Chronic urticaria (CU) is a frequent, and difficult clinical problem. When first-line therapy fails, patients are often treated with alternative therapies that either have a poor side effect profile (oral steroids) or little evidence to support effectiveness.
This retrospective chart review included 66 adult CU patients treated with cyclosporine. Chronic urticaria was defined as having urticaria more than 3 days per week for 6 consecutive weeks.
Ciclosporin (INN), cyclosporine (USAN) or cyclosporin (former BAN). Image source: Wikipedia, public domain.
After taking cyclosporine at an average dose of 1.8 mg/kg, 78% patients attained complete remission defined as ≤1 day of hives per month. Recurrence occurred in only 7 patients; all achieved remission with resumption of cyclosporine.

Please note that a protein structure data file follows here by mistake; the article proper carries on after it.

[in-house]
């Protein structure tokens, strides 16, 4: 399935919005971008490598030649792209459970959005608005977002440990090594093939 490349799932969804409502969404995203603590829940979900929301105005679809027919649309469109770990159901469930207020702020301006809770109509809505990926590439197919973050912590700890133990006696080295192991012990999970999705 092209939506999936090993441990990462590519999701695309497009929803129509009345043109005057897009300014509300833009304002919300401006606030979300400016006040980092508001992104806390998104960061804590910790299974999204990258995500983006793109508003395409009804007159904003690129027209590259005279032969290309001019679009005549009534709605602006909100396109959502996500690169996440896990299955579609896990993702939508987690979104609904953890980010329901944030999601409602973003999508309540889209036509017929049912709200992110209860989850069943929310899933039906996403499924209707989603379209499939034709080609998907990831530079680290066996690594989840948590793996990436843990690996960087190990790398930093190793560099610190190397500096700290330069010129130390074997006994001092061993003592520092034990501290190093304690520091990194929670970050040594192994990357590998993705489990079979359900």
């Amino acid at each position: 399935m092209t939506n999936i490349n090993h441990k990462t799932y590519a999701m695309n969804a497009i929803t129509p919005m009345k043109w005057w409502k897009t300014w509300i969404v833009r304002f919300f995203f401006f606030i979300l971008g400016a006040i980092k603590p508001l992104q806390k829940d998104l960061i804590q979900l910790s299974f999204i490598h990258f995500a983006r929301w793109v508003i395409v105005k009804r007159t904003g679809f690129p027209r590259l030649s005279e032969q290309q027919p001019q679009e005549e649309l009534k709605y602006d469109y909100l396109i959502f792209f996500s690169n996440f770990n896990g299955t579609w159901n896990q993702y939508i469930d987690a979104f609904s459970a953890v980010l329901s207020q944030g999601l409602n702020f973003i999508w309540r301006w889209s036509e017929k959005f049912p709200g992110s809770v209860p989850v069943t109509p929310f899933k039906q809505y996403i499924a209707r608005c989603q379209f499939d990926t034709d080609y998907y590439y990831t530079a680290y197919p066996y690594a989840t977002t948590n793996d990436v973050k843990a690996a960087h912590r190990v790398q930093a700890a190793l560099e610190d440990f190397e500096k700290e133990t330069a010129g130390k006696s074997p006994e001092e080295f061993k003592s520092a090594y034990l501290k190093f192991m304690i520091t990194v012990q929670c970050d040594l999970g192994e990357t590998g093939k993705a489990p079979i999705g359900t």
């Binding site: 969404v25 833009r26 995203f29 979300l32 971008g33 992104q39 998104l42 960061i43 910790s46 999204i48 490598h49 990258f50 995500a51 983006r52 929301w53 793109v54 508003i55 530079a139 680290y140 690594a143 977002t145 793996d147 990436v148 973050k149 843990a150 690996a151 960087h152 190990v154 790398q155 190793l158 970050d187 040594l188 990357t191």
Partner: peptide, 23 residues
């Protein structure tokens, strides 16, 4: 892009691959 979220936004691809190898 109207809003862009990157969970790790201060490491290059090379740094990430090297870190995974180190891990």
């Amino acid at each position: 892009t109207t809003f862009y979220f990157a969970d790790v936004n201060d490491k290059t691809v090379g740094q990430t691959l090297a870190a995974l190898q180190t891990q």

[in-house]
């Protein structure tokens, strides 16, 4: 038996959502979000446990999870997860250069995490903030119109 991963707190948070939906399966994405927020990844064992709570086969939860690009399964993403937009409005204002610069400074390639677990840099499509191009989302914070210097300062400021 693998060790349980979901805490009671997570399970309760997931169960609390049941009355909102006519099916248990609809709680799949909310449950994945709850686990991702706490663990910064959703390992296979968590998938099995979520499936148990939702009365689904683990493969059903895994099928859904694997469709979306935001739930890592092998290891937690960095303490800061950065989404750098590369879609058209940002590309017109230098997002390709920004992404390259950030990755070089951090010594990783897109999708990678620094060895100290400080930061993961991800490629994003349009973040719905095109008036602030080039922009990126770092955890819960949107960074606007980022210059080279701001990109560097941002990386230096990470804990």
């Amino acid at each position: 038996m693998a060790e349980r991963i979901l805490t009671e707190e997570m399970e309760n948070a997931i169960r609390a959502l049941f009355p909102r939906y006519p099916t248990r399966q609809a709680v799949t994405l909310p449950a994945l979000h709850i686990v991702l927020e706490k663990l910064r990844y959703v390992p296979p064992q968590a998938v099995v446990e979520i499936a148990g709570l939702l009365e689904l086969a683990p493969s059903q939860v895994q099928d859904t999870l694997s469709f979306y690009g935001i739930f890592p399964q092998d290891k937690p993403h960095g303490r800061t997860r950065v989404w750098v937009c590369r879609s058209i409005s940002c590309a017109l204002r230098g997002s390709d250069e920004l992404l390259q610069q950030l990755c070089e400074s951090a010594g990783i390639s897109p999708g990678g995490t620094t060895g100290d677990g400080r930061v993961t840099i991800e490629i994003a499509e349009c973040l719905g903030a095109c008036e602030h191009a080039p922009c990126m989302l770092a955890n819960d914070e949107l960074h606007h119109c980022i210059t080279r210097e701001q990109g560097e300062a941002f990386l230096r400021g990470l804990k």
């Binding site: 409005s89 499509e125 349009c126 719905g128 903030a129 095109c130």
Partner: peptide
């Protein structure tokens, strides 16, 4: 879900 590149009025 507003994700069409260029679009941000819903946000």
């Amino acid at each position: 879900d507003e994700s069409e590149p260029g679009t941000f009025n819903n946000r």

Factors that predicted a favorable response to cyclosporine included:
- shorter duration of urticaria (mean: 55 weeks)
- positive CU Index
Autologous serum skin testing (ASST), prior response to steroids, atopic status, or presence of antithyroid antibodies was not predictive.
Side effects were generally mild and seen in 35% of patients; all were reversible by dose reduction.
The authors concluded that cyclosporine is an effective treatment for CU, shorter duration of disease, and CU index ≥10 predict a successful response.
Chronic Urticaria Treatment (click to enlarge the image).
Factors that predict the success of cyclosporine treatment for chronic urticaria. Hollander SM, Joo SS, Wedner HJ. Ann Allergy Asthma Immunol. 2011 Dec;107(6):523-8. Epub 2011 Oct 5.